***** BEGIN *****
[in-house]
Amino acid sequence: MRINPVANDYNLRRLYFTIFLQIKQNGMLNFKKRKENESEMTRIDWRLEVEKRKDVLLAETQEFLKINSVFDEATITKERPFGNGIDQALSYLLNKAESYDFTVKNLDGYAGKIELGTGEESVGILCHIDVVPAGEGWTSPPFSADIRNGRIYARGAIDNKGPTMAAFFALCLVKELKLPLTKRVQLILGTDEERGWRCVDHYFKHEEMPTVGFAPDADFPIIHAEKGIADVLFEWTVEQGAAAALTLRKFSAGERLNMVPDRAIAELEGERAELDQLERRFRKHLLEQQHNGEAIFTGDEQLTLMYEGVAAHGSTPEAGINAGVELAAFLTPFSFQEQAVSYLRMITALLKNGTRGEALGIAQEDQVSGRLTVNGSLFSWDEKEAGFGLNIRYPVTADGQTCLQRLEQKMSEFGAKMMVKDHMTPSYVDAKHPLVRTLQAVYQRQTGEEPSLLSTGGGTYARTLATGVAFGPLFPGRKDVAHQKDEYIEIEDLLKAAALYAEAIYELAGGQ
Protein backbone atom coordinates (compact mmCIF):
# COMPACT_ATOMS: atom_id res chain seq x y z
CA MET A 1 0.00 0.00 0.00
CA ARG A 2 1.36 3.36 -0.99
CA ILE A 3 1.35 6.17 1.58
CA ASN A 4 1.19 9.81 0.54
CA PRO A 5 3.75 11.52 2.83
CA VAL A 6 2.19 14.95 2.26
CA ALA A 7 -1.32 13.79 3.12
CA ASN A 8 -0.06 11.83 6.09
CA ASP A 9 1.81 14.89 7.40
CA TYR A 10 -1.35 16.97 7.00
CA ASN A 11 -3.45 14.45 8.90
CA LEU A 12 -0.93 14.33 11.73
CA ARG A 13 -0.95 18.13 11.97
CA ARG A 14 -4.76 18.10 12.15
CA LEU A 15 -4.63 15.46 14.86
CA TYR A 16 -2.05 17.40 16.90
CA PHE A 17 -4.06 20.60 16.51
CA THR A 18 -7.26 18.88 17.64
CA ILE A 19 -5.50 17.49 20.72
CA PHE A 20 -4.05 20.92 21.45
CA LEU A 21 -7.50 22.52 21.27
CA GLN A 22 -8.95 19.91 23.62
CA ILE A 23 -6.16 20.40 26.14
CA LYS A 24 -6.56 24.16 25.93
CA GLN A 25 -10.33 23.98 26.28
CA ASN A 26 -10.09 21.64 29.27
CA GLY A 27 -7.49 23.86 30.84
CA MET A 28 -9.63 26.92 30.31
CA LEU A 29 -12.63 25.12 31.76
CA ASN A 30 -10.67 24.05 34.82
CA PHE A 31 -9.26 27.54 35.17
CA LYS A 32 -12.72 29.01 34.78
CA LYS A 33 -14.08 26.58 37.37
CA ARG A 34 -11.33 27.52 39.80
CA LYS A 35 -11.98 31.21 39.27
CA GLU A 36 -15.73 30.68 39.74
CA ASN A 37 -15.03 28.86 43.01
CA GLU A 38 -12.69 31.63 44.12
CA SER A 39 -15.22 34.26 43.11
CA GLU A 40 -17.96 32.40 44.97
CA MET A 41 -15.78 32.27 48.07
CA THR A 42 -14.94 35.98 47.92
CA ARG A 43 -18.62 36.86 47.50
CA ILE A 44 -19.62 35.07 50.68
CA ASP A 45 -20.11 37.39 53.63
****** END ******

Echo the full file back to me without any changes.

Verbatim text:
[in-house]
Amino acid sequence: MRINPVANDYNLRRLYFTIFLQIKQNGMLNFKKRKENESEMTRIDWRLEVEKRKDVLLAETQEFLKINSVFDEATITKERPFGNGIDQALSYLLNKAESYDFTVKNLDGYAGKIELGTGEESVGILCHIDVVPAGEGWTSPPFSADIRNGRIYARGAIDNKGPTMAAFFALCLVKELKLPLTKRVQLILGTDEERGWRCVDHYFKHEEMPTVGFAPDADFPIIHAEKGIADVLFEWTVEQGAAAALTLRKFSAGERLNMVPDRAIAELEGERAELDQLERRFRKHLLEQQHNGEAIFTGDEQLTLMYEGVAAHGSTPEAGINAGVELAAFLTPFSFQEQAVSYLRMITALLKNGTRGEALGIAQEDQVSGRLTVNGSLFSWDEKEAGFGLNIRYPVTADGQTCLQRLEQKMSEFGAKMMVKDHMTPSYVDAKHPLVRTLQAVYQRQTGEEPSLLSTGGGTYARTLATGVAFGPLFPGRKDVAHQKDEYIEIEDLLKAAALYAEAIYELAGGQ
Protein backbone atom coordinates (compact mmCIF):
# COMPACT_ATOMS: atom_id res chain seq x y z
CA MET A 1 0.00 0.00 0.00
CA ARG A 2 1.36 3.36 -0.99
CA ILE A 3 1.35 6.17 1.58
CA ASN A 4 1.19 9.81 0.54
CA PRO A 5 3.75 11.52 2.83
CA VAL A 6 2.19 14.95 2.26
CA ALA A 7 -1.32 13.79 3.12
CA ASN A 8 -0.06 11.83 6.09
CA ASP A 9 1.81 14.89 7.40
CA TYR A 10 -1.35 16.97 7.00
CA ASN A 11 -3.45 14.45 8.90
CA LEU A 12 -0.93 14.33 11.73
CA ARG A 13 -0.95 18.13 11.97
CA ARG A 14 -4.76 18.10 12.15
CA LEU A 15 -4.63 15.46 14.86
CA TYR A 16 -2.05 17.40 16.90
CA PHE A 17 -4.06 20.60 16.51
CA THR A 18 -7.26 18.88 17.64
CA ILE A 19 -5.50 17.49 20.72
CA PHE A 20 -4.05 20.92 21.45
CA LEU A 21 -7.50 22.52 21.27
CA GLN A 22 -8.95 19.91 23.62
CA ILE A 23 -6.16 20.40 26.14
CA LYS A 24 -6.56 24.16 25.93
CA GLN A 25 -10.33 23.98 26.28
CA ASN A 26 -10.09 21.64 29.27
CA GLY A 27 -7.49 23.86 30.84
CA MET A 28 -9.63 26.92 30.31
CA LEU A 29 -12.63 25.12 31.76
CA ASN A 30 -10.67 24.05 34.82
CA PHE A 31 -9.26 27.54 35.17
CA LYS A 32 -12.72 29.01 34.78
CA LYS A 33 -14.08 26.58 37.37
CA ARG A 34 -11.33 27.52 39.80
CA LYS A 35 -11.98 31.21 39.27
CA GLU A 36 -15.73 30.68 39.74
CA ASN A 37 -15.03 28.86 43.01
CA GLU A 38 -12.69 31.63 44.12
CA SER A 39 -15.22 34.26 43.11
CA GLU A 40 -17.96 32.40 44.97
CA MET A 41 -15.78 32.27 48.07
CA THR A 42 -14.94 35.98 47.92
CA ARG A 43 -18.62 36.86 47.50
CA ILE A 44 -19.62 35.07 50.68
CA ASP A 45 -20.11 37.39 53.63